Rust Game Series - Part 15 - Texture Pipeline and Pixel Perfect Rendering

In the last part of this series, I have discussed the DDS loader implementation. Now it’s time to build on this and actually start drawing some textures onto the screen.


In this part, I am going to discuss the following:

  1. Asset pipeline setup
  2. Texture loading integration
  3. Debugging advice for Pixel-Perfect rendering
  4. Game screen drawing

All assets for this game are from the kawaii cookie match 3 asset pack. I am very thankful that the author has given me permission to include parts of this art pack for the series.

Texture Pipeline

The Asset pack provides the source data SVGs, and the game will need to load them as DDS files.

The conversion could be done manually but I always want all my assets to be stored in source format and fully automate the pipeline of making the data game ready.

The Git repository only contains the game ready data and not the source data. The pipeline is fully included in GIT so the asset pack can be used as-is.

Pipeline Architecture

For my asset pipeline setup, I am using Ninja. It’s my favorite build system. It’s small, quick, and straightforward to use.

This texture pipeline is implemented as a 2-step process:

  1. Export SVG to PNG
  2. Compress PNG to DDS

Export PNG from SVG

Exporting PNG from the source SVG files is done using Inkscape

When opening the source SVG files, you will see the pieces laid out like this:

Each piece has a unique ID. This ID can be specified when doing an export, and inkspace will export that piece individually. Since the source data is resolution independent, we need to define the resolution we want to bake the results into a texture.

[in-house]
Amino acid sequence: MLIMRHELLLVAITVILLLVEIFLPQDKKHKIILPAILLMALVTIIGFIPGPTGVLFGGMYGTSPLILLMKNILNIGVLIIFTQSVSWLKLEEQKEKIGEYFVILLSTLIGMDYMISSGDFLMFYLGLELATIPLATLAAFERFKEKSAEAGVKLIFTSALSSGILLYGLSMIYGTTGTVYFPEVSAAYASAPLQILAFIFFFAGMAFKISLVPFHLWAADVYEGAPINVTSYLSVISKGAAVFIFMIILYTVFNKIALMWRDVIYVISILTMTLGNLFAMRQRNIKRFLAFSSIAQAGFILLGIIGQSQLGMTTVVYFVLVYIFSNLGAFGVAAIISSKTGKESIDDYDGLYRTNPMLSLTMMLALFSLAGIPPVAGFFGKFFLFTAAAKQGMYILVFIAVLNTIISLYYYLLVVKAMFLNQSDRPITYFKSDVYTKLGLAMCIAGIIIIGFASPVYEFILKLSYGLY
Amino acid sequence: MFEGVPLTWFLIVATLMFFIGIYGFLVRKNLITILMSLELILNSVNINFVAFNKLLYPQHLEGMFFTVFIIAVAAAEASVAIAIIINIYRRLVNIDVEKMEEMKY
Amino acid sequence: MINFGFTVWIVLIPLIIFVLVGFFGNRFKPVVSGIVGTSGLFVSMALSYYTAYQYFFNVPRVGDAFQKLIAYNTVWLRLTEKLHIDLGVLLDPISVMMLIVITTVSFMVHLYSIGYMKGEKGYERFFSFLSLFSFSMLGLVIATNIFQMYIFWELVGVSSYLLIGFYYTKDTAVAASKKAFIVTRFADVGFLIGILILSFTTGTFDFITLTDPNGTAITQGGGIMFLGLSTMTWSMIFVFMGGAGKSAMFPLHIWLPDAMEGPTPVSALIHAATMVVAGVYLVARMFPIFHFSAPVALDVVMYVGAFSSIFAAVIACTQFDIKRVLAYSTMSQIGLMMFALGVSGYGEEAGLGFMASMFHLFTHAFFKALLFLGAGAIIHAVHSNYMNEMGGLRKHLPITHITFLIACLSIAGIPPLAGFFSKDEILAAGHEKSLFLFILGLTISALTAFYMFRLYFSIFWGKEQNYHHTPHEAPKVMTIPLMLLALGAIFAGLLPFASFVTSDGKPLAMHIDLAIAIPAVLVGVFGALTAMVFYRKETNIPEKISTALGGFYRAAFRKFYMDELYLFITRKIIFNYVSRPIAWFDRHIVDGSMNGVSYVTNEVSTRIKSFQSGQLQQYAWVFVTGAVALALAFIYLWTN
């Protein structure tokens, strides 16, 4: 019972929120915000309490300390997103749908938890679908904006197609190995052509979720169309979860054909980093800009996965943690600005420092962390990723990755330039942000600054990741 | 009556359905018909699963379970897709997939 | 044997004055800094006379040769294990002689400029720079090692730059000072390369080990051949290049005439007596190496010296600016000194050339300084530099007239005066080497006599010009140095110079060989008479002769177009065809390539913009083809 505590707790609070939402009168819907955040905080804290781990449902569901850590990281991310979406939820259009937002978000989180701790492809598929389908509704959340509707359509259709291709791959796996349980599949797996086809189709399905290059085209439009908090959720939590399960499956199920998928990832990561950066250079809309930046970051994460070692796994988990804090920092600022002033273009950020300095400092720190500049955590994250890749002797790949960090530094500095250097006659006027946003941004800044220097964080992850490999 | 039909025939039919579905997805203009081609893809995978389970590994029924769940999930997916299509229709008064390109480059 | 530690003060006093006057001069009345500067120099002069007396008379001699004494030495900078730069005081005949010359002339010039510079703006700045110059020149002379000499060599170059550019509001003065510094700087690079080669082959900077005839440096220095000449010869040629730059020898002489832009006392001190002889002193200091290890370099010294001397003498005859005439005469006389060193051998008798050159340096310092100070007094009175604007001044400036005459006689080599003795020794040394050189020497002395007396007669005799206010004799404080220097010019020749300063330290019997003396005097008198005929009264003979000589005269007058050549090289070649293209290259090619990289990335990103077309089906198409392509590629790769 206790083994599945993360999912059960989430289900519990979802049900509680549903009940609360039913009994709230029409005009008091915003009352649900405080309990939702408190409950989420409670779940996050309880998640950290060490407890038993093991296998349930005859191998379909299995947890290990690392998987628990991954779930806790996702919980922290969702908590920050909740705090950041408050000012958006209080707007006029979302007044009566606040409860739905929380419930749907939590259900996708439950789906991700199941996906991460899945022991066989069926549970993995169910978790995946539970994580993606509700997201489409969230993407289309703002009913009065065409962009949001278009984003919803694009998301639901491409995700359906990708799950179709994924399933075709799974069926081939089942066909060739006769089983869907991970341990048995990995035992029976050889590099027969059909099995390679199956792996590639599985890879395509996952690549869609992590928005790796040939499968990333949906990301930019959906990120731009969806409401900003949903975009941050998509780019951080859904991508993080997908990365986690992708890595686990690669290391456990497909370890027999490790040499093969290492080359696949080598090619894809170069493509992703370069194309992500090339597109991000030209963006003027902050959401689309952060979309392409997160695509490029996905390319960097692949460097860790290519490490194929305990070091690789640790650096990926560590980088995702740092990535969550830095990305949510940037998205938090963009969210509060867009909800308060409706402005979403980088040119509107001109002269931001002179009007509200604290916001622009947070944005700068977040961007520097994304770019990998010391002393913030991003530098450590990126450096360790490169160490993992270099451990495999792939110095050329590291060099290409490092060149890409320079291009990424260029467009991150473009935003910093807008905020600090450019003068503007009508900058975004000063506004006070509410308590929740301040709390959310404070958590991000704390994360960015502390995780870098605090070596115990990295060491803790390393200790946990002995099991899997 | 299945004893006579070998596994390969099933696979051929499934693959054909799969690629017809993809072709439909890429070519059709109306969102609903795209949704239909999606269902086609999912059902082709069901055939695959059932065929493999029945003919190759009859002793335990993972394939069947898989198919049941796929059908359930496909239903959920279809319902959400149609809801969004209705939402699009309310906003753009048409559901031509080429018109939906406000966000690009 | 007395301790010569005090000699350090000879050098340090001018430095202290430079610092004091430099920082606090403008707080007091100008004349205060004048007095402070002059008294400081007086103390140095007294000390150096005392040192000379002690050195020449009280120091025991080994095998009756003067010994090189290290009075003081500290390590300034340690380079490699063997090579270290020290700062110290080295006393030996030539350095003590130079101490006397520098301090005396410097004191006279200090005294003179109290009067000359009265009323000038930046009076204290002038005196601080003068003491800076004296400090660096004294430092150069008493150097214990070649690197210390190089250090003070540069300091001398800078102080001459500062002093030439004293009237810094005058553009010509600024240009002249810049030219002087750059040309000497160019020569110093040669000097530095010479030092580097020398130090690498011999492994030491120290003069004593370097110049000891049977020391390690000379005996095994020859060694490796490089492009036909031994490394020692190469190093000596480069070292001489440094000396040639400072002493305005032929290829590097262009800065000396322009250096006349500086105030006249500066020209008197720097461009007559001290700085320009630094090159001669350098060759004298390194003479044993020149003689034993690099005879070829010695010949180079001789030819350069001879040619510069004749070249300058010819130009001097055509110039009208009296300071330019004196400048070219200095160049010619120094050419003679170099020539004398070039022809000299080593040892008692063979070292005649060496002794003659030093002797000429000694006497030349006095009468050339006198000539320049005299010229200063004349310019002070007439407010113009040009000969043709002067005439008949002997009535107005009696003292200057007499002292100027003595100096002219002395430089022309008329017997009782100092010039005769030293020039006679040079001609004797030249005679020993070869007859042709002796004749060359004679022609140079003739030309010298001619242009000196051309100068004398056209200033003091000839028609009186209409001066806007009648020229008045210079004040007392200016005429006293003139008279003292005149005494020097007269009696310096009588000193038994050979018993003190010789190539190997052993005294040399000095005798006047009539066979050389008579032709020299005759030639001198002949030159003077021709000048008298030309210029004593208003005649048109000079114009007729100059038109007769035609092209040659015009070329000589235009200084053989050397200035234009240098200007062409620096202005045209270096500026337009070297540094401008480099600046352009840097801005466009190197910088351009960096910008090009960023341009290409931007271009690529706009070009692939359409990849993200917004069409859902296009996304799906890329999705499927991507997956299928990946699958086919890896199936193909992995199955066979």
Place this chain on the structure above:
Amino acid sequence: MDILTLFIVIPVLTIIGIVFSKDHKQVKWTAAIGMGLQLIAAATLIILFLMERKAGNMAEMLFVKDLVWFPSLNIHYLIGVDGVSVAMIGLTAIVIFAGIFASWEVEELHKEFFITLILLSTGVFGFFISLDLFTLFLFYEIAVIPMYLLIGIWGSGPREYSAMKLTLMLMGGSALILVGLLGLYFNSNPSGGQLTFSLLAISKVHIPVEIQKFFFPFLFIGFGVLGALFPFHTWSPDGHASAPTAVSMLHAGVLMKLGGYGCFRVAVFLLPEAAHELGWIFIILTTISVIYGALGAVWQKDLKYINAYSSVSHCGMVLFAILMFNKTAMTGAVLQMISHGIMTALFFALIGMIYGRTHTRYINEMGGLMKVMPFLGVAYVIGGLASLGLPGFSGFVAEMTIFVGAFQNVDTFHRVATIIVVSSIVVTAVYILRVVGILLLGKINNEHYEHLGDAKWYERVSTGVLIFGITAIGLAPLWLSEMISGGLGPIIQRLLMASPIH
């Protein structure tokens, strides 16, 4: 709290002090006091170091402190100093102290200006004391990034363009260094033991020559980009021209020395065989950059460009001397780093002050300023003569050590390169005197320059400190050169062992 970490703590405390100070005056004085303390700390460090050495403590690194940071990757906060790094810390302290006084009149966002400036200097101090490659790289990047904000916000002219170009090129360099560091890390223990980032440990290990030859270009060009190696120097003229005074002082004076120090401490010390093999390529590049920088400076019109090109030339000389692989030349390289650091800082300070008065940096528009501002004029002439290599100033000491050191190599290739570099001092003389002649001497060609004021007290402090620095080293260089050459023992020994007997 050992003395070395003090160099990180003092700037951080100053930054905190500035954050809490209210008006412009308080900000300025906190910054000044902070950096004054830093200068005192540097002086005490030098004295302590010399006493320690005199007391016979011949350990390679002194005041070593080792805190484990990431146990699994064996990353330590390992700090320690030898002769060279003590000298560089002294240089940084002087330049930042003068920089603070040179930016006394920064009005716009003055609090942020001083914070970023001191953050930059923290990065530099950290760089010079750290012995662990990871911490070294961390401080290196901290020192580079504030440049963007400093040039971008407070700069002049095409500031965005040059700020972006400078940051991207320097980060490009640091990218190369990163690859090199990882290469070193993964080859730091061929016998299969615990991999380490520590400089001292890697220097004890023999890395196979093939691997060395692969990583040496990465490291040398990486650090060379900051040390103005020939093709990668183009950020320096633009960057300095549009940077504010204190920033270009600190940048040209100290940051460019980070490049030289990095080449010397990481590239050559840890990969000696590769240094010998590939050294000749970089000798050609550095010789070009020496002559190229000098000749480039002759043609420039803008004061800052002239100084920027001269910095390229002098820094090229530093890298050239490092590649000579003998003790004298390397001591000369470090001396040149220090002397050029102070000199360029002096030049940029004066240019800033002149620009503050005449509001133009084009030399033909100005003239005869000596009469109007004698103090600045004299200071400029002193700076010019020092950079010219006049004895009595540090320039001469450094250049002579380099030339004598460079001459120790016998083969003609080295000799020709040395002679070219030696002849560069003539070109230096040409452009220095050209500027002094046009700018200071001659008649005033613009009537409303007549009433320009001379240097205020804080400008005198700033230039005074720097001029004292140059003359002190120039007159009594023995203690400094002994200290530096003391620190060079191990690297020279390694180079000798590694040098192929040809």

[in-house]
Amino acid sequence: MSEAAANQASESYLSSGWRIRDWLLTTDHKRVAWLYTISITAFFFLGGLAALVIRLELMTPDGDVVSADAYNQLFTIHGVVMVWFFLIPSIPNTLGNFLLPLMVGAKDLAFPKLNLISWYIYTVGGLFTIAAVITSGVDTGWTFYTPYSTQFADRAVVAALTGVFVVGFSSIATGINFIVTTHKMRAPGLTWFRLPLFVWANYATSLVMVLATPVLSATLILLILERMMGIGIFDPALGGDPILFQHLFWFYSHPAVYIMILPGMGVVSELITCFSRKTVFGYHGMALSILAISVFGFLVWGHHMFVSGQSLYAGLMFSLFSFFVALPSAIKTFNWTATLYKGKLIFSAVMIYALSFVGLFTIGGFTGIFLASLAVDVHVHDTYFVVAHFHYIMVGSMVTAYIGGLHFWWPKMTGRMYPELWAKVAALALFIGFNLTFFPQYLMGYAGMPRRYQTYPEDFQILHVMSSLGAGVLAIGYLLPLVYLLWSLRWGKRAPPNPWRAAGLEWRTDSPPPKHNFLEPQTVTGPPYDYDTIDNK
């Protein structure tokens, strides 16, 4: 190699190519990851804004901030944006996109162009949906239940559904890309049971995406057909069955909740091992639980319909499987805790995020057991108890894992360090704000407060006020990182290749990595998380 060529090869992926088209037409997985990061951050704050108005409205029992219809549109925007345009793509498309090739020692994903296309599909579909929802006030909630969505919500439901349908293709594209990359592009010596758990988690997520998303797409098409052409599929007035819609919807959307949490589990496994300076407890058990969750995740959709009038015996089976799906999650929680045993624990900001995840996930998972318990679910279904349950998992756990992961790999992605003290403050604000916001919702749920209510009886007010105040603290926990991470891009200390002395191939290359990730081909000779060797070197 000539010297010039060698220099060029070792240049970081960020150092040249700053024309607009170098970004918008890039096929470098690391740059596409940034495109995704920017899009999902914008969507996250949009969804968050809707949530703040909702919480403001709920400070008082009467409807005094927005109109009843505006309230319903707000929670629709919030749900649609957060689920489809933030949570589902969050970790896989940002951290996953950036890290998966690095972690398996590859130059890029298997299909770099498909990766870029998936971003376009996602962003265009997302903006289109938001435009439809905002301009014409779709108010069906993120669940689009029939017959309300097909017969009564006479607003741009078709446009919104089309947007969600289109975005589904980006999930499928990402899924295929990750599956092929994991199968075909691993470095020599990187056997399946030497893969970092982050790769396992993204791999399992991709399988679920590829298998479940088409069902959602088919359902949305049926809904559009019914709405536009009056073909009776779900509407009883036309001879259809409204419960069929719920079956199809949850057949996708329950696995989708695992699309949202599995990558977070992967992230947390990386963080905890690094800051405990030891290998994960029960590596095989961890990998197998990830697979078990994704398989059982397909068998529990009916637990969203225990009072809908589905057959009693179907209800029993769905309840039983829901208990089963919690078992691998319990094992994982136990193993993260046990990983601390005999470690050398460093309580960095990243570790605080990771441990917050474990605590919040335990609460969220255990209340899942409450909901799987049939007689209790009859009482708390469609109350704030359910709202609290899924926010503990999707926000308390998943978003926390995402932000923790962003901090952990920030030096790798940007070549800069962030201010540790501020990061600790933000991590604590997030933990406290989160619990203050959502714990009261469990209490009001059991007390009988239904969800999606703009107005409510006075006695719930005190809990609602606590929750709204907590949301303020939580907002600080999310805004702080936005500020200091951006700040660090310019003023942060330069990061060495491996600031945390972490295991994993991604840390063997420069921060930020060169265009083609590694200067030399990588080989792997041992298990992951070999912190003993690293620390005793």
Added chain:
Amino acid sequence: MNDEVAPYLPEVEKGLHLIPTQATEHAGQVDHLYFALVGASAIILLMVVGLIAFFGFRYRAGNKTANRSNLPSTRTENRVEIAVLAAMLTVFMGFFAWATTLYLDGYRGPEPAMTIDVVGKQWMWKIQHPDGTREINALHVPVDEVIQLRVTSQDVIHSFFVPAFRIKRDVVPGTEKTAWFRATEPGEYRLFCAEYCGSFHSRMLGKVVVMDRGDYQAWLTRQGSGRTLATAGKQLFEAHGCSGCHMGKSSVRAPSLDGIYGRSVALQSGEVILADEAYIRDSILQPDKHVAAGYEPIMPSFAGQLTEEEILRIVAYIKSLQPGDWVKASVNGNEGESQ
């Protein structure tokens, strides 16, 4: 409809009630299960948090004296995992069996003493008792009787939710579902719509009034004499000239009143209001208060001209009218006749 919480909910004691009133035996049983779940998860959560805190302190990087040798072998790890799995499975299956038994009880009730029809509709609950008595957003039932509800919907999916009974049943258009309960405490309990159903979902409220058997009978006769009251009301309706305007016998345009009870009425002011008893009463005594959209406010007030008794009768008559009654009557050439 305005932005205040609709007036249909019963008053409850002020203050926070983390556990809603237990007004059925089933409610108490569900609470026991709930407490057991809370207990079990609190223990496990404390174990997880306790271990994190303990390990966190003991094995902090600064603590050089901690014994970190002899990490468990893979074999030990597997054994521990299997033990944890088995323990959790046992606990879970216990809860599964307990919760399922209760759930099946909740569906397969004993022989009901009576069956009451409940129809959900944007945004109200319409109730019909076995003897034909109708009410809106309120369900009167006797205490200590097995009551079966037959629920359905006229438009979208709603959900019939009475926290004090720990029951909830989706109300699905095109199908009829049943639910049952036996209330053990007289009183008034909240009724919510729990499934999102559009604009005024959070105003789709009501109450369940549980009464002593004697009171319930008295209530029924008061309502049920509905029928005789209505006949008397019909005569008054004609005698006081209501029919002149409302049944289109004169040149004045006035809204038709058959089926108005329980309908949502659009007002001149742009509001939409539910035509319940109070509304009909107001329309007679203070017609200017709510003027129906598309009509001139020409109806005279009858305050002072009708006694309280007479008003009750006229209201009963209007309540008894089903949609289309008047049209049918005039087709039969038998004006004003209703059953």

The export can be expressed in a straightforward form:

rule export_svg
  command = C:\Program Files\Inkscape\ --export-dpi="48" --without-gui $in --export-png=$out --export-id="$export_id"

build tmp_data/textures/KawaiiCookieAssetPack/gameplay_background_tall.png: export_svg src_data/textures/KawaiiCookieAssetPack/SVGs/hud-pieces.svg
    export_id = g86363

build tmp_data/textures/KawaiiCookieAssetPack/gameplay_bottom_border.png: export_svg src_data/textures/KawaiiCookieAssetPack/SVGs/hud-pieces.svg
    export_id = g36017

First the export_svg rule is defined. A rule defines a command, which is what executable and the arguments that should be passed to execute the build step. Ninja contains support for build-in variables such as $in, $out, and custom variables such as $export_id.

The build line defines the output file on the left ($out), the rule in the middle, and the input file ($in) on the right. Additional arguments can be defined for each build step.

With this setup, Ninja can execute the build. The steps will run in parallel if possible and use incremental compilation.

Compress PNG to DDS

The resulting PNG file are compressed to DDS. For this the compression I use TexConv.

I have a slightly modified version that adds an additional -of command line option. It’s a small code change that allows exporting to a specified output file. This way the tool fits better into the Ninja design.

The small code change can be found in my fork.

For the Ninja setup the dds compression follows the same pattern.

rule convert_to_dds_bc1
  command = ../build_environment/directxtex/texconv.exe -f BC1_UNORM -m 1 -y -of $out $in

rule convert_to_dds_rgba8
  command = ../build_environment/directxtex/texconv.exe -f R8G8B8A8_UNORM_SRGB -m 1 -y -of $out $in 

build target_data/textures/KawaiiCookieAssetPack/ convert_to_dds_bc1   tmp_data/textures/KawaiiCookieAssetPack/gameplay_background_tall.png